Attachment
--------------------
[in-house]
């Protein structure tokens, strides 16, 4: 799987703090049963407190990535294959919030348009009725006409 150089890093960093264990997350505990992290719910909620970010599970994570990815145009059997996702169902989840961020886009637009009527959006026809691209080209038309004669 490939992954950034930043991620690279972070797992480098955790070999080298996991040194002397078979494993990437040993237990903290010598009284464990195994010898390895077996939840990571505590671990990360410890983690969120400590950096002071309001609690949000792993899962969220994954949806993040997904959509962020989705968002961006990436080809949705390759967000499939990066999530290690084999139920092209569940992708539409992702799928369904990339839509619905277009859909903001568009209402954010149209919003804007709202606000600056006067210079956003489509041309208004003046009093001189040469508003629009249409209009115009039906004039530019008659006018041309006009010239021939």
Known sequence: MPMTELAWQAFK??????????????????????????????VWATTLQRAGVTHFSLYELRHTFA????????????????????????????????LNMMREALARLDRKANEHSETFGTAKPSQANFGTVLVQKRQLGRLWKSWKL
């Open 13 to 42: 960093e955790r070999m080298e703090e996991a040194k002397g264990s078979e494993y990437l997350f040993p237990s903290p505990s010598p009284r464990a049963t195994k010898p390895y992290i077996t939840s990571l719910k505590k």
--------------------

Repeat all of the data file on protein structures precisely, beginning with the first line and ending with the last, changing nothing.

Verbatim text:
[in-house]
């Protein structure tokens, strides 16, 4: 799987703090049963407190990535294959919030348009009725006409 150089890093960093264990997350505990992290719910909620970010599970994570990815145009059997996702169902989840961020886009637009009527959006026809691209080209038309004669 490939992954950034930043991620690279972070797992480098955790070999080298996991040194002397078979494993990437040993237990903290010598009284464990195994010898390895077996939840990571505590671990990360410890983690969120400590950096002071309001609690949000792993899962969220994954949806993040997904959509962020989705968002961006990436080809949705390759967000499939990066999530290690084999139920092209569940992708539409992702799928369904990339839509619905277009859909903001568009209402954010149209919003804007709202606000600056006067210079956003489509041309208004003046009093001189040469508003629009249409209009115009039906004039530019008659006018041309006009010239021939």
Known sequence: MPMTELAWQAFK??????????????????????????????VWATTLQRAGVTHFSLYELRHTFA????????????????????????????????LNMMREALARLDRKANEHSETFGTAKPSQANFGTVLVQKRQLGRLWKSWKL
């Open 13 to 42: 960093e955790r070999m080298e703090e996991a040194k002397g264990s078979e494993y990437l997350f040993p237990s903290p505990s010598p009284r464990a049963t195994k010898p390895y992290i077996t939840s990571l719910k505590k």